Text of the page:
Inle Lake

Myanmar Series: Inle Lake

It’s on the bright and breezy Saturday of my 32nd birthday when I saw the trees lining up on the banks of the water and the rich colors of white and blue and green in sight. My new husband of a few months organized a little weekend trip to one of the most popular destinations in Myanmar. I didn’t know what to expect, really. Breathtaking would be an understatement.

In my soul, or the deepest feelings one can have, I feel sometimes I can be very content without needing to speak. I can manage to be very honest through writing and that is all that matters. The closeness of a feeling sometimes is consuming like a black hole and i am left wondering if writing is really just another way to explore myself without drawing conclusions.

We sat in the car for a long time while our driver took us 6 hours north from our home base in Naypyitaw. At the window, I was trying to remember a time when I had an experience like this. Then I remembered I’d never had an experience quite like this. The way we moved through the countryside of Myanmar through toll roads and lush green forestry. I tried to remember a time, anytime, that was similar to this but the world was only a pretend world that i watched the way you would watch a film, none of it real. The naive girl in me watched so profoundly in awe at the surface of everything: dirt roads, cows sharing our road, road construction done by people only. I was watching with somber eyes as the world and even myself will have to continue on while they worked tirelessly through the night. 

In the morning, we reached the boats to take us to the lake. Fishermen are standing on the boats while surrounded by birds dipping around their shoulders. The Myanmar people set out to help are speaking in their language. I began to realize how much comfort I take for granted, living in a beautiful home with everything that can indulge my little heart. It seemed strange that the day before, we were packing our things for our trip to the lake, and filling out documents while drinking Vietnamese coffee. Life is different in every city in Myanmar. Naypyitaw is nothing like Inle Lake, and nothing like Yangon, and all the while Yangon is nothing like any place in the world. The people operating boats fight to offer services, promising sunset views and water cities and homes on stilts. 

Who am I to know what it’s like to wake up and fight for just a little piece of something?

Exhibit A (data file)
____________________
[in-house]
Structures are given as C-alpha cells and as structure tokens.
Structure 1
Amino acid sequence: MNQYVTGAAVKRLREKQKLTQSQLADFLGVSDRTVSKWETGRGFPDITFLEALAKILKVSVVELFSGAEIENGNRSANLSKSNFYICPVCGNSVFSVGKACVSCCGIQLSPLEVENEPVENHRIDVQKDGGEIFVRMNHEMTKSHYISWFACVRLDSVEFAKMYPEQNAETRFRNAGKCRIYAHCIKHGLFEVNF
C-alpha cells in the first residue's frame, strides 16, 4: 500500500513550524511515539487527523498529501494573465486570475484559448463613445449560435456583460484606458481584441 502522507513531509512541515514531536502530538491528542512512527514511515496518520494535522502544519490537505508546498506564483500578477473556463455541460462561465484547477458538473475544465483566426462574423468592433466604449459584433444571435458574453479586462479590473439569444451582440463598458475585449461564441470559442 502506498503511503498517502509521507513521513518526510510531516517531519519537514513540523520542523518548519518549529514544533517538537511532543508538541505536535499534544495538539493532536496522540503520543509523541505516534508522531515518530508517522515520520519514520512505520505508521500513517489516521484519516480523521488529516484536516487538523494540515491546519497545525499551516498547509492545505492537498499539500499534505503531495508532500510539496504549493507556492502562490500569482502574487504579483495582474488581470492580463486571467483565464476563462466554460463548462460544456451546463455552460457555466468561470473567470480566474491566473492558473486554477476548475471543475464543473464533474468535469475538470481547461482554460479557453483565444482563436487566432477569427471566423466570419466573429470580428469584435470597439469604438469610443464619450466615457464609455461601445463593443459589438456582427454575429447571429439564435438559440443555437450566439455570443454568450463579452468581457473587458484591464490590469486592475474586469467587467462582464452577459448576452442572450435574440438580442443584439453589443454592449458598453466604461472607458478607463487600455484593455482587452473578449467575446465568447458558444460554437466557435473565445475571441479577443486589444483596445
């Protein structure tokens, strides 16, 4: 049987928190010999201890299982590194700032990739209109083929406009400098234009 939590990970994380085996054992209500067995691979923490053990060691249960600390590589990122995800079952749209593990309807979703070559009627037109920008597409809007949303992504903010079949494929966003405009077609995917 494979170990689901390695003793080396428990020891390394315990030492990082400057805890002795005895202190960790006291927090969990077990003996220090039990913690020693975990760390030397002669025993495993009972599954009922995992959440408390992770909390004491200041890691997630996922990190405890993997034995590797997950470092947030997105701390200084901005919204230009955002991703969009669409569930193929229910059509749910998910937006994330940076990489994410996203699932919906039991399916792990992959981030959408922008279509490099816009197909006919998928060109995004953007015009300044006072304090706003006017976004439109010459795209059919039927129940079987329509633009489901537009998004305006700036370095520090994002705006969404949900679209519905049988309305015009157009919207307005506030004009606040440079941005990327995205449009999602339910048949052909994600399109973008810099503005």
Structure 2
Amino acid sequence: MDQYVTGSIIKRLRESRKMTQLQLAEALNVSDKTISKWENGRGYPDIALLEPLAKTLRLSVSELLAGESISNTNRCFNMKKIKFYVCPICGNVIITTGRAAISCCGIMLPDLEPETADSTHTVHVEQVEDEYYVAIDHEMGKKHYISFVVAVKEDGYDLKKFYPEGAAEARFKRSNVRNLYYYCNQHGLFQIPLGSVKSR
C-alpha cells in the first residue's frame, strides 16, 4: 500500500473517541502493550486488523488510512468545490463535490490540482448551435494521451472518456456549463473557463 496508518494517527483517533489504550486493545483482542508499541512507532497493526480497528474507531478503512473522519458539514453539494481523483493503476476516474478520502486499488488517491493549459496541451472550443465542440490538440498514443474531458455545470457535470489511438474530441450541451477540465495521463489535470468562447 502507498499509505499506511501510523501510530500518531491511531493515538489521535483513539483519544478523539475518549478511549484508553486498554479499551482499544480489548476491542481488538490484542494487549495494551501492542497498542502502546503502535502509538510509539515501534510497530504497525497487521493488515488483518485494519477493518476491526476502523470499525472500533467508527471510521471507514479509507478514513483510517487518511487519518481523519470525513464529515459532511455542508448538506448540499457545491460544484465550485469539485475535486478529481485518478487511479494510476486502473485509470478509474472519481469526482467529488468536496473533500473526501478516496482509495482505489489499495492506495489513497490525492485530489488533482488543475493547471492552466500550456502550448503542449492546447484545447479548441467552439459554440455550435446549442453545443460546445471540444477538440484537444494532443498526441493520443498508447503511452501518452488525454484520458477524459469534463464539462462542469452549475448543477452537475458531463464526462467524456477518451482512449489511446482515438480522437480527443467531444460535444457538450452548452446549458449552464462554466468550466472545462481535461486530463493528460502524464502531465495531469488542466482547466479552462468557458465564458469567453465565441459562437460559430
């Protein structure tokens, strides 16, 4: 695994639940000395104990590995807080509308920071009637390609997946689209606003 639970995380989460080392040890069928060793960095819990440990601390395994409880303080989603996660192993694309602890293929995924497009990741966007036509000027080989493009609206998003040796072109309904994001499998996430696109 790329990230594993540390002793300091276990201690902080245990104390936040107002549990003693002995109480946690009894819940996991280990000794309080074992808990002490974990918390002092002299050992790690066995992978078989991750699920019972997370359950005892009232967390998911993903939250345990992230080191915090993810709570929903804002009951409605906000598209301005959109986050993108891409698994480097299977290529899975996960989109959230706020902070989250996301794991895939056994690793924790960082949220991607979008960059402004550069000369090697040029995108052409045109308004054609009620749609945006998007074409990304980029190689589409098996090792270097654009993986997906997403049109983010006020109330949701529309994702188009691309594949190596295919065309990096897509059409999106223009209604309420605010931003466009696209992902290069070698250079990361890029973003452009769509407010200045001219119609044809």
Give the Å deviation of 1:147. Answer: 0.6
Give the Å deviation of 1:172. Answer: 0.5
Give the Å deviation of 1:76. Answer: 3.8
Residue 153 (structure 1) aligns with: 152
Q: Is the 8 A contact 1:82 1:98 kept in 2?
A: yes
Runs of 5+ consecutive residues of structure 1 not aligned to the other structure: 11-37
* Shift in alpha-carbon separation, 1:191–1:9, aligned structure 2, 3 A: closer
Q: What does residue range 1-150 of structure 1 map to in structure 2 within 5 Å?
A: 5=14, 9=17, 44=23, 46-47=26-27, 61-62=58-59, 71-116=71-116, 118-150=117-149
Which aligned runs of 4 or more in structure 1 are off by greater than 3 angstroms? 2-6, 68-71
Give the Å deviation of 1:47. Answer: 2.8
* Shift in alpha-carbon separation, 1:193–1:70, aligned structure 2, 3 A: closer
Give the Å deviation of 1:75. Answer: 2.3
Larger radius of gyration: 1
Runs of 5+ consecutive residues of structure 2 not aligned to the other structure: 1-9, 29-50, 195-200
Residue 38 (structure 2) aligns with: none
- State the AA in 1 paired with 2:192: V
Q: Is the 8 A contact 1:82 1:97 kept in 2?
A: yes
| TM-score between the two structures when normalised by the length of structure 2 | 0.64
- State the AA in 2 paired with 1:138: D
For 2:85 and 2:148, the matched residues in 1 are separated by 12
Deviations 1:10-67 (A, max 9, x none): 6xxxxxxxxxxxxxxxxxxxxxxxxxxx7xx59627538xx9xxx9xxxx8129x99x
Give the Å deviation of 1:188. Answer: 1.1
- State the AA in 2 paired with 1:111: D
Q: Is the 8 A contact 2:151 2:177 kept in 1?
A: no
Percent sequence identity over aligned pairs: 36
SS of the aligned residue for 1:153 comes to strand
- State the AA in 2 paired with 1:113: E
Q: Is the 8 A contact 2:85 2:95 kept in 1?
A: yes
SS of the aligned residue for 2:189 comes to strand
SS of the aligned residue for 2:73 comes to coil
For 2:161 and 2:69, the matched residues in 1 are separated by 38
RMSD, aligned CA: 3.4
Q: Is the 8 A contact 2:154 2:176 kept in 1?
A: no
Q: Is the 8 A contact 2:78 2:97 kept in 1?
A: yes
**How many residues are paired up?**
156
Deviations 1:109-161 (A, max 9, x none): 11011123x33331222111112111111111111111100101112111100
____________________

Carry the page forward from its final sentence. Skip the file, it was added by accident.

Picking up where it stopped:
We sat in a long boat fit for 5 people. It was a split cost of about $40 USD. The boat starts and it moves onward toward our destination. Miles and miles of lotus flowers, restaurants and homes in the middle of the water, children clambering over a game of catch. Gaston asks, who is freer, us or them?

Maybe they wouldn’t know what to make of the question as they’ve no reality of anything different. They would never know the sounds of honking yellow taxis and men with Rolex’s rolling down their tinted windows in their Aston Martins. Or no availability at restaurants with a 3 month reservation period. The boat driver took us through long tribes of river cities and the families wave to us as we abandon through their water towns, dissolving away into the earth.

At one point, we stopped in many of the village shops in the water. Girls from the family came to explain to us how they make scarves and clothing out of lotus fibers that have been extracted from the stems. We saw them working the man-made weaving machine in awe. The wooden home on water was beautiful and sturdy but the paint was peeling in places and there were phrases of words on the walls. 

At some point, we also saw a boat full of feathery babies approaching the restaurant. We see dogs watching cautiously, then approaching with a wag of his tail. I see people pet his sweet face and he closes his eyes for a long time. I wonder if anyone else ever pets him.

We make our way to the stupas. It was mesmerizing to see such oldness preserved for so long. A local boy, much smaller than I, wears flip flops as he emerges with another young girl, his sister. They march past us silently but smiles shyly in the distance. What must he think of us, a group of foreigners snapping photographs of their poverty stricken village where he’s come to call home.

I am astonished to step so lovingly into this world of pure beauty and innocence. The fishermen on the boats gather their catch for the day, and become tourist attractions as the sun is setting. The sound of swishing and splashing becomes louder as we get closer. The fisherman has had a hard day’s job, and he is ready to settle into the sleepy night. Somehow that simplicity seems to make perfect sense, but what exactly it is I couldn’t say for sure, and what the ultimate purpose is for me, I cannot tell yet.

Back on the mainland of Nuang Shwe, the streets are filled with mild lighting, foreigner friendly restaurants and lots of backpackers. Some of the shops are a big contrast to these restaurants – I felt conspicuous weaving through vendors with rainbow colored umbrellas, fruits and veggies that were steaming in the sun hours earlier. We wandered through a street where people sold plastic shoes and tvs and auto parts.

If there is one thing that is common in Myanmar, it is that the whole country is alive with sound and color and there is no way to escape the stream of voices or the roar of bike engines, even in the farmland or the forests. In truth, I don’t mind it. Being in the middle of everything is the ultimate truth of our world. We are only a passing segment of wanderers as we admire them the same way their set of eyes are admiring us. 

After dinner we stayed close together and hid in the comfort of each other, high in the mountains and enjoying the coolness of the approaching night.